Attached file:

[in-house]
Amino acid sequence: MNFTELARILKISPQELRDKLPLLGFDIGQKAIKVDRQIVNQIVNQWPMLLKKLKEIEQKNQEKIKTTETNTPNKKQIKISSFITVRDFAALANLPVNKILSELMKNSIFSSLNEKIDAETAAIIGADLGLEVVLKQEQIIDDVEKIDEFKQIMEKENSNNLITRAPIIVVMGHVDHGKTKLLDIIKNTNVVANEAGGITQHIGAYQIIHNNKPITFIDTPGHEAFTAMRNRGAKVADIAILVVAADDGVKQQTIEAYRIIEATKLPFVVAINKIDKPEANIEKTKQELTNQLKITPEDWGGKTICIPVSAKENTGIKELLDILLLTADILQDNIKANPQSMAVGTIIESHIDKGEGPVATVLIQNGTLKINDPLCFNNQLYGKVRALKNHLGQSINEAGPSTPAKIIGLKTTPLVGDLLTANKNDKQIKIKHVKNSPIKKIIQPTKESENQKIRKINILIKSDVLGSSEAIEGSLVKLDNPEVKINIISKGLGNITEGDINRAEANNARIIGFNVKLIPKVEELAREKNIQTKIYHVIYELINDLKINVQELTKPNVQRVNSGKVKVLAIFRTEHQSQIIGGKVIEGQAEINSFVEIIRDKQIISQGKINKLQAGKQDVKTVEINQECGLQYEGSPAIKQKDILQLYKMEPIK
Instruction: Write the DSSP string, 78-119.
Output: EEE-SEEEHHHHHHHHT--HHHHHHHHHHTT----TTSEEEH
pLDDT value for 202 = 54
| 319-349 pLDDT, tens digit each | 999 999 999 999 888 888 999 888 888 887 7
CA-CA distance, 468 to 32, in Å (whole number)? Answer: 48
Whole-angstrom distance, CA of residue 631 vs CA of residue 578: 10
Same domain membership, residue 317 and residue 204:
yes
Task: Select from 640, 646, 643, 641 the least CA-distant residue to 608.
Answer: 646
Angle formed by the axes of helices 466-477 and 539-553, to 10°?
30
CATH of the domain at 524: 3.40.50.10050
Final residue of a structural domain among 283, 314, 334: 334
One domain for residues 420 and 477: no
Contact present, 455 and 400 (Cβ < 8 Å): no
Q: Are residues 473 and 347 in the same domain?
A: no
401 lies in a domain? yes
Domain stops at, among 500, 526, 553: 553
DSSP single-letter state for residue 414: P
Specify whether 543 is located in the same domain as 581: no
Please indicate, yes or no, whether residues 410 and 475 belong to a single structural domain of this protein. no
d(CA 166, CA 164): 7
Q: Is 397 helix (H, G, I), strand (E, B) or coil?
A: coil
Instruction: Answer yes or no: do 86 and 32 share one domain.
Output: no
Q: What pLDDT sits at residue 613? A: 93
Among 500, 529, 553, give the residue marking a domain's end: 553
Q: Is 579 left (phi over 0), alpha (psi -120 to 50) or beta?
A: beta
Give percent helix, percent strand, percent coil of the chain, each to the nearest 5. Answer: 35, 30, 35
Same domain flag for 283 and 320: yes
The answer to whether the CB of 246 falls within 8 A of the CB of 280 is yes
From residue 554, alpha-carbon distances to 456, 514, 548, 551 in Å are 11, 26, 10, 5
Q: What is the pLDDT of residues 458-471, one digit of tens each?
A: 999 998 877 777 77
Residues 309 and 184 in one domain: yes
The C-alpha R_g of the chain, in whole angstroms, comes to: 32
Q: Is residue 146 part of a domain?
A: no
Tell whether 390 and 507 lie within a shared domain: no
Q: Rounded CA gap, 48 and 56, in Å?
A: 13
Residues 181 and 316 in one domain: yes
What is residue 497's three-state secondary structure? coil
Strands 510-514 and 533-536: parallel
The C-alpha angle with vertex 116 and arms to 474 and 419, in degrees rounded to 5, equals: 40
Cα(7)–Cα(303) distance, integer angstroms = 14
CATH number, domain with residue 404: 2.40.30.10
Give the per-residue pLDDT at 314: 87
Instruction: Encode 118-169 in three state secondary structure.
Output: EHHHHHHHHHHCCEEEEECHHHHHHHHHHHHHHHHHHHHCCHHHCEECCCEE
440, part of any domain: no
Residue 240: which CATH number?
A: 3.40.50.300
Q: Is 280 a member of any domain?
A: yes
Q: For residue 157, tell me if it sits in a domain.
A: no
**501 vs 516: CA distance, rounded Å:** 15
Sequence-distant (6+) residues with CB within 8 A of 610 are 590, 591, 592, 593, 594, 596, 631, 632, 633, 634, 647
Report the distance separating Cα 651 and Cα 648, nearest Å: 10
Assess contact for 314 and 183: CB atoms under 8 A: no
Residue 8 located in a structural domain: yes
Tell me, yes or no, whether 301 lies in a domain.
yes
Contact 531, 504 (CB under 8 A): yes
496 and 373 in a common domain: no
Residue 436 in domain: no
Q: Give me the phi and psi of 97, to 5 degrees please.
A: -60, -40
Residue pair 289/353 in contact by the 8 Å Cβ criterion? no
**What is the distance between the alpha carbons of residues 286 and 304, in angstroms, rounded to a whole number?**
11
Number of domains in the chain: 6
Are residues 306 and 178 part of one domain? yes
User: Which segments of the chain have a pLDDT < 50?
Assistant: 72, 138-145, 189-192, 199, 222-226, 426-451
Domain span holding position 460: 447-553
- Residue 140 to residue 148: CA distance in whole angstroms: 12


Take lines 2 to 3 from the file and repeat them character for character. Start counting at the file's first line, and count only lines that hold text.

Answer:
Amino acid sequence: MNFTELARILKISPQELRDKLPLLGFDIGQKAIKVDRQIVNQIVNQWPMLLKKLKEIEQKNQEKIKTTETNTPNKKQIKISSFITVRDFAALANLPVNKILSELMKNSIFSSLNEKIDAETAAIIGADLGLEVVLKQEQIIDDVEKIDEFKQIMEKENSNNLITRAPIIVVMGHVDHGKTKLLDIIKNTNVVANEAGGITQHIGAYQIIHNNKPITFIDTPGHEAFTAMRNRGAKVADIAILVVAADDGVKQQTIEAYRIIEATKLPFVVAINKIDKPEANIEKTKQELTNQLKITPEDWGGKTICIPVSAKENTGIKELLDILLLTADILQDNIKANPQSMAVGTIIESHIDKGEGPVATVLIQNGTLKINDPLCFNNQLYGKVRALKNHLGQSINEAGPSTPAKIIGLKTTPLVGDLLTANKNDKQIKIKHVKNSPIKKIIQPTKESENQKIRKINILIKSDVLGSSEAIEGSLVKLDNPEVKINIISKGLGNITEGDINRAEANNARIIGFNVKLIPKVEELAREKNIQTKIYHVIYELINDLKINVQELTKPNVQRVNSGKVKVLAIFRTEHQSQIIGGKVIEGQAEINSFVEIIRDKQIISQGKINKLQAGKQDVKTVEINQECGLQYEGSPAIKQKDILQLYKMEPIK
Instruction: Write the DSSP string, 78-119.